ICC schedules judgment in Jordan Al-Bashir appeal: The Appeals Chamber of the International Criminal Court (ICC) will deliver its judgment on the appeal by the Hashemite Kingdom of Jordan in the Al-Bashir case on 6 May 2019. This appeal follows the decision of Pre-Trial Chamber II (PTC) on 11 December 2017 that Jordan had failed to comply with its obligations under the Rome Statute by not arresting Mr Al-Bashir and surrendering him to the court. The PTC ordered that Jordan be referred to the assembly of state parties. Jordan appealed this decision on 12 March 2018 and since then the Appeals Chamber has requested submissions from Sudan, Mr Al-Bashir, other states and international organisations as well as legal experts.  Mr Al-Bashir is the subject of two arrest warrants concerning war crimes, crimes against humanity and genocide alleged to have been committed in Darfur, Sudan from 2003 to 2008. (ICC press releaseScheduling Order

Malaysia announces ICC Rome Statute withdrawal shortly after ratification: On 5 April 2019, Malaysia’s prime minister, Mahatir Mohamad, announced that he would not ratify the Rome Statute due to pressure from the majority Muslim opposition. The prime minister stated that the withdrawal was “not because we are against it but because of the political confusion about what it entails, caused by people with vested interest.” He also rejected allegations by the opposition that joining the treaty would undermine Malaysia’s sovereignty and the immunity of members of Malaysia’s royal families who rule nine of its thirteen states. Malaysia had earlier signed a notice of accession to the Statute that was supposed to take effect on 1 June 2019. (Jurist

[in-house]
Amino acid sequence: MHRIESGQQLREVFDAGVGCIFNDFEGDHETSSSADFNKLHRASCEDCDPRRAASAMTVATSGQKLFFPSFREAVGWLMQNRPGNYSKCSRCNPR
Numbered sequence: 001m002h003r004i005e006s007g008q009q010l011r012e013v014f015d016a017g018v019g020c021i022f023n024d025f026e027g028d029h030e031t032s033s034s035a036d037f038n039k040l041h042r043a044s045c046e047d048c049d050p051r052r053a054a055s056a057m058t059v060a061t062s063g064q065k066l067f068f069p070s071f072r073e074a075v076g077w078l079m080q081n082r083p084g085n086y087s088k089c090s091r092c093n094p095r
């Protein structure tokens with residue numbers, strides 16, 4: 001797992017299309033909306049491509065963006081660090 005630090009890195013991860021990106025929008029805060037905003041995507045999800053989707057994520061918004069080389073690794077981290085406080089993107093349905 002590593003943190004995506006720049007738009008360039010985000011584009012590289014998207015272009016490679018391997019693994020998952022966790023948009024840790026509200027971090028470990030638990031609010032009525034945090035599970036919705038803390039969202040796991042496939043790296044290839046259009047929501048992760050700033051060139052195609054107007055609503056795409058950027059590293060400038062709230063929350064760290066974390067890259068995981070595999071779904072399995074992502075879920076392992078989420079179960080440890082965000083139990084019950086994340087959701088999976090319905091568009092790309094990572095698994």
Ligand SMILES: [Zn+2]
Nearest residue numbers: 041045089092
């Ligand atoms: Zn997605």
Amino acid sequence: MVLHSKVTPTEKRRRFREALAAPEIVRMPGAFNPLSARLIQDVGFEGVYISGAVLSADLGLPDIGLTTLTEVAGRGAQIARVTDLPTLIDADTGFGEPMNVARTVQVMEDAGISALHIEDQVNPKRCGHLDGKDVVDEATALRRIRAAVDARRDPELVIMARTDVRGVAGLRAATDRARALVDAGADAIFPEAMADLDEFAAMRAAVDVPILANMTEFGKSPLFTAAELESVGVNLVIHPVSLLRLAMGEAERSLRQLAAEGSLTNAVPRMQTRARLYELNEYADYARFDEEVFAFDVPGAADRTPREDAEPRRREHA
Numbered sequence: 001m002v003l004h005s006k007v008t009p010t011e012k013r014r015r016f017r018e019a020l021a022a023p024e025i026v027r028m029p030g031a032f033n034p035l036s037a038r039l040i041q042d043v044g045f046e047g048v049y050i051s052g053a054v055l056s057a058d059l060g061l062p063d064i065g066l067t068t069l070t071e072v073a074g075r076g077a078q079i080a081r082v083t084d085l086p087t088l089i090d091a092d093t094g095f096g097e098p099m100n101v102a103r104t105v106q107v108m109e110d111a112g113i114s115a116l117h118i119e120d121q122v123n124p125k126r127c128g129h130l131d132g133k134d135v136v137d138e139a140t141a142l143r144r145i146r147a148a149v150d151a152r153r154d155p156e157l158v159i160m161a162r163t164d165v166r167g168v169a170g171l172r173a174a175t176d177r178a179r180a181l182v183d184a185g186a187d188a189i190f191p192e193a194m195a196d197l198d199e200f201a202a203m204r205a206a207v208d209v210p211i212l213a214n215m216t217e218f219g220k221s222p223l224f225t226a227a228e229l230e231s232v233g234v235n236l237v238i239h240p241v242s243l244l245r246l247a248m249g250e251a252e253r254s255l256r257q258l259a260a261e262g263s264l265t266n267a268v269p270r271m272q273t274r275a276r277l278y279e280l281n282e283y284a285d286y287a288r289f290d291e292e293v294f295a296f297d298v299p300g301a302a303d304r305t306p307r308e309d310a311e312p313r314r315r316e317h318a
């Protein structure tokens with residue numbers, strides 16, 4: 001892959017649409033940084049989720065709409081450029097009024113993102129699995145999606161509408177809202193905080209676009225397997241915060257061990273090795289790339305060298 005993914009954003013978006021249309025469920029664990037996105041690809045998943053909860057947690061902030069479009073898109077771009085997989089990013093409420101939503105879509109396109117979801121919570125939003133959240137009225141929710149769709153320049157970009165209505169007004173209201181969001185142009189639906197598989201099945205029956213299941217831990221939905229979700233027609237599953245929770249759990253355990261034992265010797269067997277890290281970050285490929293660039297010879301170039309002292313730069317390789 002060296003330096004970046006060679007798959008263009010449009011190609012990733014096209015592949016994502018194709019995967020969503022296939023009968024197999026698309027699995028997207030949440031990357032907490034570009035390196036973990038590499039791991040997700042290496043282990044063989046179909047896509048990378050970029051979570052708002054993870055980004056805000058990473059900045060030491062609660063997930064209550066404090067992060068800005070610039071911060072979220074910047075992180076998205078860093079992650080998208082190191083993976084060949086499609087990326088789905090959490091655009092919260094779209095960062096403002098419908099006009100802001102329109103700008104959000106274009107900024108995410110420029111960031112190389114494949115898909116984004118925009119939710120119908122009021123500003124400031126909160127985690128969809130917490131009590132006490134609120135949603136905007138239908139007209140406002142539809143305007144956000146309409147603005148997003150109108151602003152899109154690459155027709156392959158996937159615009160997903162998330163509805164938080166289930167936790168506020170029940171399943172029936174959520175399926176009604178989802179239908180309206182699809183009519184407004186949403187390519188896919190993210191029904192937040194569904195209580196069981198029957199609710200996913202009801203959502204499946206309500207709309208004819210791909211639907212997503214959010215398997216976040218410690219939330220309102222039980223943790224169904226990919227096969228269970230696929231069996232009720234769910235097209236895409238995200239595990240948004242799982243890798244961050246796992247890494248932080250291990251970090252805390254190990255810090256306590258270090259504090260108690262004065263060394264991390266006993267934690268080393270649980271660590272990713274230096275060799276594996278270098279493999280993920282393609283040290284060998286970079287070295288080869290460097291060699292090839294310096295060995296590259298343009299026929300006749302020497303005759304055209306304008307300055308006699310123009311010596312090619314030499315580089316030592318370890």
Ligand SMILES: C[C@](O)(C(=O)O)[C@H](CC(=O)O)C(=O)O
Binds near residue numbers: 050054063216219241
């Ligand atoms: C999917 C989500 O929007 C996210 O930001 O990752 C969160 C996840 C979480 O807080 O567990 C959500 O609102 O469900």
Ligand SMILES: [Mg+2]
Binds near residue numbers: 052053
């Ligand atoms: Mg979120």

Congolese rebel leader, Masudi Alimasi Kokodiko, responsible for mass rapes arrested: The Congolese rebel leader of the Raia Mutomboki militia,  Masudi Alimasi Kokodiko, was arrested on 2 April 2019 in South Kivu’s Shabunda territory after being wounded in a firefight. Kokodiko is accused of  orchestrating mass rapes and other atrocities. In particular, a 2012 UN-led investigation found that the Raia Mutomboki militia, along with two other militias, were responsible for the deaths of more than 260 civilians in ethnic massacres in North Kivu province and in 2018, a UN Security Council panel of experts said his forces used child soldiers and had gang-raped at least 17 women in the town of Lubila. (Reuters)

 

ICLMR contributors to this article include: Beatrice Tesconi, Jess Lacey, Margaux Lenormand, Shannon Raj Singh, Zuzana Drexlerova, Louise Dumas, Portia Karegeya, Catherine Dunmore, Alex Foster, Ari Bilotta, Michael Herz, Zoja Bajželj, Harriet Schiavone, Kate Gibson Boyd and Haydee Dijkstal. Contributor bios can be found  HERE.

Sareta Ashraph